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That's the behavior of auto-complete in MS Access
that causes extra quote marks when cutting and
pasting too. Spend some hours hunting those down.
The requirement is to be able to turn it on
and off. It is also useful if the auto-completes
are customizable. But they aren't useless.
Many code editors do nice things like keeping
up with all of the class methods and offering
them as a select as one types.
You do point out the right question: is it interfering
with the flow of an expert because it is designed
to help an occasional user?
All the same issues came up when discussing SGML
editors. Over time it was observed that experts
eventually moved back to ASCII editors and on
demand parsing for document types they knew well
(they are experts) and back to the context-based
editors (even had names like InContext, or Context)
for types that they only use occasionally.
Dedicated application editors are useful when
the content types themselves require more than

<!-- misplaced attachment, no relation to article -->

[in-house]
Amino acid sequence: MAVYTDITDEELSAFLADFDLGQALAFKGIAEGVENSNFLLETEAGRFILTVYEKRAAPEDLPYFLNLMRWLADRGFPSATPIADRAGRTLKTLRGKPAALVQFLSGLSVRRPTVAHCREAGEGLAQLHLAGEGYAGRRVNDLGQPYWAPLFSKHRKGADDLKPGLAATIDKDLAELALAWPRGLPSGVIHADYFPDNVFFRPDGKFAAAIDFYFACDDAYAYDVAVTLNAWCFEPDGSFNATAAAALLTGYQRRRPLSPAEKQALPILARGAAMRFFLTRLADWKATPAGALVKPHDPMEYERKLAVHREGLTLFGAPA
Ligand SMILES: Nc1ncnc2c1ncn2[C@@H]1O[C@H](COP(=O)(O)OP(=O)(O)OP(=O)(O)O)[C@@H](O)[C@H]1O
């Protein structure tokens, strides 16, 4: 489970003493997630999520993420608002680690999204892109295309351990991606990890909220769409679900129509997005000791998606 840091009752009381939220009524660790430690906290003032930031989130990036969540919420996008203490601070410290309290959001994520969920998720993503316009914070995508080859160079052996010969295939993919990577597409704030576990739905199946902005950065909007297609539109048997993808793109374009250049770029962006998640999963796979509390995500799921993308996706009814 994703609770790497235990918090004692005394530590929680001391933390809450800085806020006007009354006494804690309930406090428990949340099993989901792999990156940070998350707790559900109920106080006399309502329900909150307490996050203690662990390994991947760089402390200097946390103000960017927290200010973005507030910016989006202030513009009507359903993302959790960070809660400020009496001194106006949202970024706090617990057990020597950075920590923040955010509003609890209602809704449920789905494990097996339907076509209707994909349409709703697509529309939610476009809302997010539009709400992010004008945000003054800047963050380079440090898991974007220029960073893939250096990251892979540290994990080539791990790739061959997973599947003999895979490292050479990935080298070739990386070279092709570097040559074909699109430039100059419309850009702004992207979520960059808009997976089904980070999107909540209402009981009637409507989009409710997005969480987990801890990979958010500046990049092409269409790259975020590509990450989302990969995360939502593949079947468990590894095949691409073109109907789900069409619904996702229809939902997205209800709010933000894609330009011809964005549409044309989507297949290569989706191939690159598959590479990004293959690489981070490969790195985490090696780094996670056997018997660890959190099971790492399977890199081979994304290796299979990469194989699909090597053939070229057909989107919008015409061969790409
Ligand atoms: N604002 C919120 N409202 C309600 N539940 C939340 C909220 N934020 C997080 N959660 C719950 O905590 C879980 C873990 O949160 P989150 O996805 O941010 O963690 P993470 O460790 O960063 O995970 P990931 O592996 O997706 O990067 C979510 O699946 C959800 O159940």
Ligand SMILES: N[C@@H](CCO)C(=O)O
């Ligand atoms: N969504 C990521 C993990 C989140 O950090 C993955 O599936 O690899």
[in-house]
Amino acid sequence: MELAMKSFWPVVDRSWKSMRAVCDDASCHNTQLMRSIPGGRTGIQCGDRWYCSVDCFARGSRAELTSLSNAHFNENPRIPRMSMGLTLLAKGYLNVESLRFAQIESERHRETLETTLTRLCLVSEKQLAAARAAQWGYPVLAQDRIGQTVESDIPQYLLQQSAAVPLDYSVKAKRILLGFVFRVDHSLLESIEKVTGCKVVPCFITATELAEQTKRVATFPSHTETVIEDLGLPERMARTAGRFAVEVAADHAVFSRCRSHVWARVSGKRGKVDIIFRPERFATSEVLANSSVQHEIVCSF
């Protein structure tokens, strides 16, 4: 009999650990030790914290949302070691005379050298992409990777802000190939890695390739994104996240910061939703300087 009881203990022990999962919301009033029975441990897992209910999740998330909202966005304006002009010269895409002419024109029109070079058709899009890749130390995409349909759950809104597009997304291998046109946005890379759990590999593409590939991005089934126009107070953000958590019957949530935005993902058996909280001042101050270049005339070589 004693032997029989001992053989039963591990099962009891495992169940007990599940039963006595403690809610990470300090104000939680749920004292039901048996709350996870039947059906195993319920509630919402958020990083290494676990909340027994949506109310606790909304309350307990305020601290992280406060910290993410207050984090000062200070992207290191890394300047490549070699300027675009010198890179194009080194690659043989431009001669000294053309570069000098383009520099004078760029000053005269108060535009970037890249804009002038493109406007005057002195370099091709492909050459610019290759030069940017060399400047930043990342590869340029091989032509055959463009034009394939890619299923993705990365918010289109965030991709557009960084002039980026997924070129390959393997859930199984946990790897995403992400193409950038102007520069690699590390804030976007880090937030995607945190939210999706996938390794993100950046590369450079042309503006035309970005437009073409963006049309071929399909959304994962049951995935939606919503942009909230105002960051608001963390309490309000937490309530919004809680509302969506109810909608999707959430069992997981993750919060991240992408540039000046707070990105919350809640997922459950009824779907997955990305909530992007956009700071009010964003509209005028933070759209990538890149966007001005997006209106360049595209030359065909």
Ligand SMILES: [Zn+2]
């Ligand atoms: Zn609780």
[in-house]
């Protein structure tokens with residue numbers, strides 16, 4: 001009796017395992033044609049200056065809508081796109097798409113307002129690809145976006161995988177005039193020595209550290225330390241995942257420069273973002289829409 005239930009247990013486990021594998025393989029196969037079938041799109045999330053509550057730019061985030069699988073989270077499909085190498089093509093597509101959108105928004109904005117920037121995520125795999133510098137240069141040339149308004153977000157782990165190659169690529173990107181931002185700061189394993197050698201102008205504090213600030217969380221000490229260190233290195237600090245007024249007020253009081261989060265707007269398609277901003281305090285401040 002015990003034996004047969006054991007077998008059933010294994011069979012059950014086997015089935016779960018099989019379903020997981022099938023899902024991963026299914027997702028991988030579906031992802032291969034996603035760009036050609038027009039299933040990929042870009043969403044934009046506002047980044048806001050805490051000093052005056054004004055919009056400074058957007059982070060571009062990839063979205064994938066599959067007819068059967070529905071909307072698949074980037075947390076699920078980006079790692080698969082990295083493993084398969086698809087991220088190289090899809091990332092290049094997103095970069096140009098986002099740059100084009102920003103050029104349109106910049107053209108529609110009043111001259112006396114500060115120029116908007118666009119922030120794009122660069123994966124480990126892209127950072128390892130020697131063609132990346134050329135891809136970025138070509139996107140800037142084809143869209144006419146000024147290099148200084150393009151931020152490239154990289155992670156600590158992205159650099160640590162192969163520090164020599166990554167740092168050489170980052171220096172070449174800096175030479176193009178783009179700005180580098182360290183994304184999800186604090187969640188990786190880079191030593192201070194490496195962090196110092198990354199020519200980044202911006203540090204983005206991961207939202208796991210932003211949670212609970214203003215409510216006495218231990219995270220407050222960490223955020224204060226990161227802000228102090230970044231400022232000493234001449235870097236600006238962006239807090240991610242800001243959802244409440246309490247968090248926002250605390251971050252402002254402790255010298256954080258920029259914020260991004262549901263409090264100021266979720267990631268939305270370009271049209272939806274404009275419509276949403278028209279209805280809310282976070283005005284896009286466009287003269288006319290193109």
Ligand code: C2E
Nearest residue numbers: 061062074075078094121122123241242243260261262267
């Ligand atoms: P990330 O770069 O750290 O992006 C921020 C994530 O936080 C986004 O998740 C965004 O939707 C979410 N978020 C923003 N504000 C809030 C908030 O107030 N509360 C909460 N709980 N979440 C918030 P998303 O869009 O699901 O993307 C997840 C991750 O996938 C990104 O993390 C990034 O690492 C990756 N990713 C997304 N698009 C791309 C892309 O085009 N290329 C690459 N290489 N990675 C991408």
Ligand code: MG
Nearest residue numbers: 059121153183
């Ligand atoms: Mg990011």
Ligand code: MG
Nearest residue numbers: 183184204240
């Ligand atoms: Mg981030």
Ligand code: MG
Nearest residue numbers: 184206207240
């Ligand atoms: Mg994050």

text knowledge; they require look and feel: the
dominant characteristics of WYSIWYG. Again,
graphics, real time animation, etc. Even then,
highly associative data types still need more
context checking (interference, race conditions,
etc.), or the document type is too deep and
broad for one to become an expert (eg, MIL-D-28001).
And that is why subset DTDs and DTD-driven editors
became useful when organizing an enterprise system:
each authoring role created their own documents
and these are later merged automatically.
The most requested features for report systems
is that the interface exactly match the typical
entry pattern for a standard report. The rub
is, that susses out to 'local standard' and one
is right back to the high costs of local
customization for otherwise shrinkwrap systems.
No free lunch.